It’s a classic plot device in movies: just when things look darkest, the cavalry rides in, or oil gushes out of the land and the farm is saved, or the couple who fell in love but then were separated by obstacles, become reunited, just in time for the credits to roll. That’s how yesterday’s announcement from the Centers for Medicare & Medicaid Services (CMS) feels, anyway.
That’s because yesterday (Dec. 22), Sean Cavanaugh, deputy administrator and director at the Center for Medicare, CMS, announced via The CMS Blog that a large number of new accountable care organizations (ACOs) are organizing to become part of the Medicare Shared Savings Program (MSSP) for ACOs in 2015. In fact, 89 new ACOs will be joining the program, bringing the total number of MSSP ACOs to 405. And, as Cavanaugh noted, combining the 19 current Pioneer ACOs with the MSSP ACOs brings the total number of ACOs working with Medicare to 424 collaboratives serving over 7.8 million Medicare beneficiaries.
Yes, but that 424 figure disguises some of the troubles in the Pioneer ACO program in the past couple of years, with that number dropping from 32 in January 2012 to 19 as of this autumn. The reality is that Medicare ACO development and participation are turning out to be more difficult and challenging than anyone expected. Indeed, the Pioneer program in particular is in serious difficulty right now, despite some serious gains being made by some of its participant ACOs.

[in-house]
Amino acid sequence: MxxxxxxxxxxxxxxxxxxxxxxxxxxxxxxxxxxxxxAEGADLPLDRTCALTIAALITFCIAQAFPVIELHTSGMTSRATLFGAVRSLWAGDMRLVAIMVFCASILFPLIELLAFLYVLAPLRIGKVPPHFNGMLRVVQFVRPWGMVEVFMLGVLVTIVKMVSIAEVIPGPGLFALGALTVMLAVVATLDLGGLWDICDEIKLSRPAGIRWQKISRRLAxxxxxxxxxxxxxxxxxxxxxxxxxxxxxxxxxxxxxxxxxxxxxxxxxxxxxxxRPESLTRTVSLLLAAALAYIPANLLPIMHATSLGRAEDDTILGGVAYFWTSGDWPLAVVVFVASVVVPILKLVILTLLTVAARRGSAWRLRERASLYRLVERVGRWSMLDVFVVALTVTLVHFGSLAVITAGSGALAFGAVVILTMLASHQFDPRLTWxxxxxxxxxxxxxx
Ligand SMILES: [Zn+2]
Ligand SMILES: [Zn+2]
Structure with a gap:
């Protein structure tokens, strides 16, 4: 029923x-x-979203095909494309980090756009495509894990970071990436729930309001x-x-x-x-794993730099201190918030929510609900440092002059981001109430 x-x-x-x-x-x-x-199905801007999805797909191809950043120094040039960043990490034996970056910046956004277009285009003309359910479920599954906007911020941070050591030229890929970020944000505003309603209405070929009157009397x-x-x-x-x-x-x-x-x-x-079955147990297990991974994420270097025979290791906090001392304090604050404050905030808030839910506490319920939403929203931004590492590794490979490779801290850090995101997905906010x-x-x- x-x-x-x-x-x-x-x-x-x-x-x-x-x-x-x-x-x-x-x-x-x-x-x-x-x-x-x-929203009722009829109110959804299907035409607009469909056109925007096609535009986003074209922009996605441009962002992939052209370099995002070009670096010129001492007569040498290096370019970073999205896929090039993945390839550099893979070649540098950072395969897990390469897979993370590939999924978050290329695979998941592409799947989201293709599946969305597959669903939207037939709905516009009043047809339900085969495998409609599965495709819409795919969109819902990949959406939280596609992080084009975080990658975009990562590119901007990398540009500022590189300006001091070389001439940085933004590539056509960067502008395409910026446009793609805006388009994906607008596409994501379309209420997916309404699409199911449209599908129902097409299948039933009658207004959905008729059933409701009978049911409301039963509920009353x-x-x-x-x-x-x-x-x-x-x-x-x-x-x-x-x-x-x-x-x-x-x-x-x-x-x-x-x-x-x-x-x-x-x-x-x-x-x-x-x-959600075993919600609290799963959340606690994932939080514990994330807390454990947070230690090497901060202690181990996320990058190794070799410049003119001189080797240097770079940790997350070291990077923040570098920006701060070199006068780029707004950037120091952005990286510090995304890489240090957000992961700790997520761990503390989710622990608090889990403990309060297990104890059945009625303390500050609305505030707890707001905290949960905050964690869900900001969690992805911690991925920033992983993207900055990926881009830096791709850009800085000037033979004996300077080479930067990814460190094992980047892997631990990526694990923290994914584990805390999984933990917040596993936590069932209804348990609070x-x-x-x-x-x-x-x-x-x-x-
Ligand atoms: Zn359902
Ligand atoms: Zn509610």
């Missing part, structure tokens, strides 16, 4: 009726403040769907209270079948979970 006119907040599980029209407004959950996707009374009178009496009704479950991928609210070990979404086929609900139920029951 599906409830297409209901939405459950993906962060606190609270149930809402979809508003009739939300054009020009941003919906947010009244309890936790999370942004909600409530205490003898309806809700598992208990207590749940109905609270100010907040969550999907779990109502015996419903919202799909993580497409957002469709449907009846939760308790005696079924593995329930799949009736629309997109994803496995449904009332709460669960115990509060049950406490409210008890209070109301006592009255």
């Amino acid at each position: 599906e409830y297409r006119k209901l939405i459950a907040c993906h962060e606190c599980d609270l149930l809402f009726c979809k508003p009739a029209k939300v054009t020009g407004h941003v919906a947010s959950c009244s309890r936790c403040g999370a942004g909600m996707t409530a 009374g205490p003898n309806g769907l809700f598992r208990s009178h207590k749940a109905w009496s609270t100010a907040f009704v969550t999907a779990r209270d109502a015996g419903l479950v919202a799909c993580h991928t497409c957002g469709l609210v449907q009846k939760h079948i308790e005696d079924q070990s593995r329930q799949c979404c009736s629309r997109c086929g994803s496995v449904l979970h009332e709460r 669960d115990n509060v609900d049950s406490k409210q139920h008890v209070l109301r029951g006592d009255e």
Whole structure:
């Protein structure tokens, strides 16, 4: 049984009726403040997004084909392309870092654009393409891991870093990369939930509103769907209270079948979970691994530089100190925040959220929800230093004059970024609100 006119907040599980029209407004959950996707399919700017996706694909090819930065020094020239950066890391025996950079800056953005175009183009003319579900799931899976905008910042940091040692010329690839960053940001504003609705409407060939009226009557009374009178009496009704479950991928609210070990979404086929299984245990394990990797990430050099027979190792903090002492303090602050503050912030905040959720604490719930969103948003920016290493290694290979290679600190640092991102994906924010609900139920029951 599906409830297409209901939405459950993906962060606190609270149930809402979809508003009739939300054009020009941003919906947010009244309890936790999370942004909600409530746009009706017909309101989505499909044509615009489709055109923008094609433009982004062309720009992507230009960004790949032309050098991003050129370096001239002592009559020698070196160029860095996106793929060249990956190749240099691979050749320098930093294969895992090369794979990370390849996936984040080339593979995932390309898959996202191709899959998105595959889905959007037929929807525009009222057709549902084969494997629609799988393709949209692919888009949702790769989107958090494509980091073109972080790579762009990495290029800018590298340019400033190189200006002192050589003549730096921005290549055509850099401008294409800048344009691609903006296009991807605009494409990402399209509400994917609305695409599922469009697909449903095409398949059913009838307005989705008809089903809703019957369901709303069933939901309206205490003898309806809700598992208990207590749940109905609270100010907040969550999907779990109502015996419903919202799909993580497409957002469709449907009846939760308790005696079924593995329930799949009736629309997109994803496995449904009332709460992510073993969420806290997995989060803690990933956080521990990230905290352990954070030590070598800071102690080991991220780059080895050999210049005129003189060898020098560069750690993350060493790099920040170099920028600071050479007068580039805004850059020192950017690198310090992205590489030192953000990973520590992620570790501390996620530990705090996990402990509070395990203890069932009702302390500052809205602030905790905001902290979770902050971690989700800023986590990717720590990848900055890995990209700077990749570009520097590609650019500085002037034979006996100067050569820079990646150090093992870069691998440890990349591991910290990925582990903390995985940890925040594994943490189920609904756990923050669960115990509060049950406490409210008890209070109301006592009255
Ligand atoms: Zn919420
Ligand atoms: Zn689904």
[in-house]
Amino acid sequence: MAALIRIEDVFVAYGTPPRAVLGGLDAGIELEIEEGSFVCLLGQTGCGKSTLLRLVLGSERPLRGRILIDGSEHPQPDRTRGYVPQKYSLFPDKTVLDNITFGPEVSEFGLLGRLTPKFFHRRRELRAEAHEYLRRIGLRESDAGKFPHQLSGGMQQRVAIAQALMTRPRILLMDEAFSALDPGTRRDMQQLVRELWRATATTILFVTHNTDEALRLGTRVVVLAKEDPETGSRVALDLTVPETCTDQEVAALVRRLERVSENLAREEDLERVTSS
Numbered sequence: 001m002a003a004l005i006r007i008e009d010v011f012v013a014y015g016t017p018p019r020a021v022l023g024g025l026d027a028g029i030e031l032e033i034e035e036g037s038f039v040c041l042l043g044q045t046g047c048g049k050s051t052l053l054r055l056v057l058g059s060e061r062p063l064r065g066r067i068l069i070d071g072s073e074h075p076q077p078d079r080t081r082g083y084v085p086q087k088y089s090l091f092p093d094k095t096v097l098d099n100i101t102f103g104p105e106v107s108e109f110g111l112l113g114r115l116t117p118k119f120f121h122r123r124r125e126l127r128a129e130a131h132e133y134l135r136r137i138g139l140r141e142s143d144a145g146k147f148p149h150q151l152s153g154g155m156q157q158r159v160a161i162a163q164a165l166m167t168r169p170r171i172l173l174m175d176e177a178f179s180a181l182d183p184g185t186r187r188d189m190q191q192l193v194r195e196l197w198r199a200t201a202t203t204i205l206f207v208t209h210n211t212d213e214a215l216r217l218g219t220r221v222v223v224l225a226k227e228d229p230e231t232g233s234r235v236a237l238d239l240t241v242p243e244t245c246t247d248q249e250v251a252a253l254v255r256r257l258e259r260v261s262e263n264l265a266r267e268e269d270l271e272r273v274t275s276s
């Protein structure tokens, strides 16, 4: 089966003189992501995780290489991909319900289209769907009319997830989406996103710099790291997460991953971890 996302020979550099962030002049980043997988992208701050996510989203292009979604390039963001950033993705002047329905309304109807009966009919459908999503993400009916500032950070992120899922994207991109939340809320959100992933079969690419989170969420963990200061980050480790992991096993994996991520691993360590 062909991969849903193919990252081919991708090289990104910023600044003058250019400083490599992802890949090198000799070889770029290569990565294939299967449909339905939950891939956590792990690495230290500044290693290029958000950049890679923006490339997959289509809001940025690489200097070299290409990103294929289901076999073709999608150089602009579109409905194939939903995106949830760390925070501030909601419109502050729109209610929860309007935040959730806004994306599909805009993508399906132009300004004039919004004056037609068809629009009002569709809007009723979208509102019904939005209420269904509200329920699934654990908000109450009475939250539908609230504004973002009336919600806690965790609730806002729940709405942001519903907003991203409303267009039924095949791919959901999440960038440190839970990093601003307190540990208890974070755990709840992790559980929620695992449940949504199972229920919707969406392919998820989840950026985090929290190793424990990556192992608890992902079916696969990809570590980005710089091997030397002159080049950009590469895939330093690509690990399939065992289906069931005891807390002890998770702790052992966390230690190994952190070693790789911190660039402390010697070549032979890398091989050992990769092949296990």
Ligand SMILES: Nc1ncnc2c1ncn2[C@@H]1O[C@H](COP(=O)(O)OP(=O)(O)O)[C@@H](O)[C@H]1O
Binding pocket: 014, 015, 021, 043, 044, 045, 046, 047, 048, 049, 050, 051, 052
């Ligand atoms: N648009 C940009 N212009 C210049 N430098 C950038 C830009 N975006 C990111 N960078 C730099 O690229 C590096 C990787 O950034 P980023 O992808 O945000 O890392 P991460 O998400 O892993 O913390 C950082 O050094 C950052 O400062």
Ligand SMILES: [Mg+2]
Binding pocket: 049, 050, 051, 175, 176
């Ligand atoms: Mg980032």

Still, this news that 89 new ACOs are joining the MSSP program is unqualified good news for CMS, and couldn’t have come at a better time for the agency. The simple reality is that the learnings taking place in both the MSSP and Pioneer programs are going to be essential to broad progress in U.S. healthcare going forward, as health risk assessment, population health management, care and case management, and data analytics principles and strategies are developed and implemented.
And those in the industry so ready to throw darts at Medicare should take a pause here, because when it comes down to it, we’re all in this together, and whatever can promote and enhance the success of the two Medicare ACO programs will ultimately benefit everyone—and most especially patients/consumers—in healthcare going forward.
So this news was rather cinematic, and definitely noteworthy, as a somewhat rocky calendar year for the Medicare ACO programs closes out. 2015 will definitely be interesting in this area—and deserves close watching.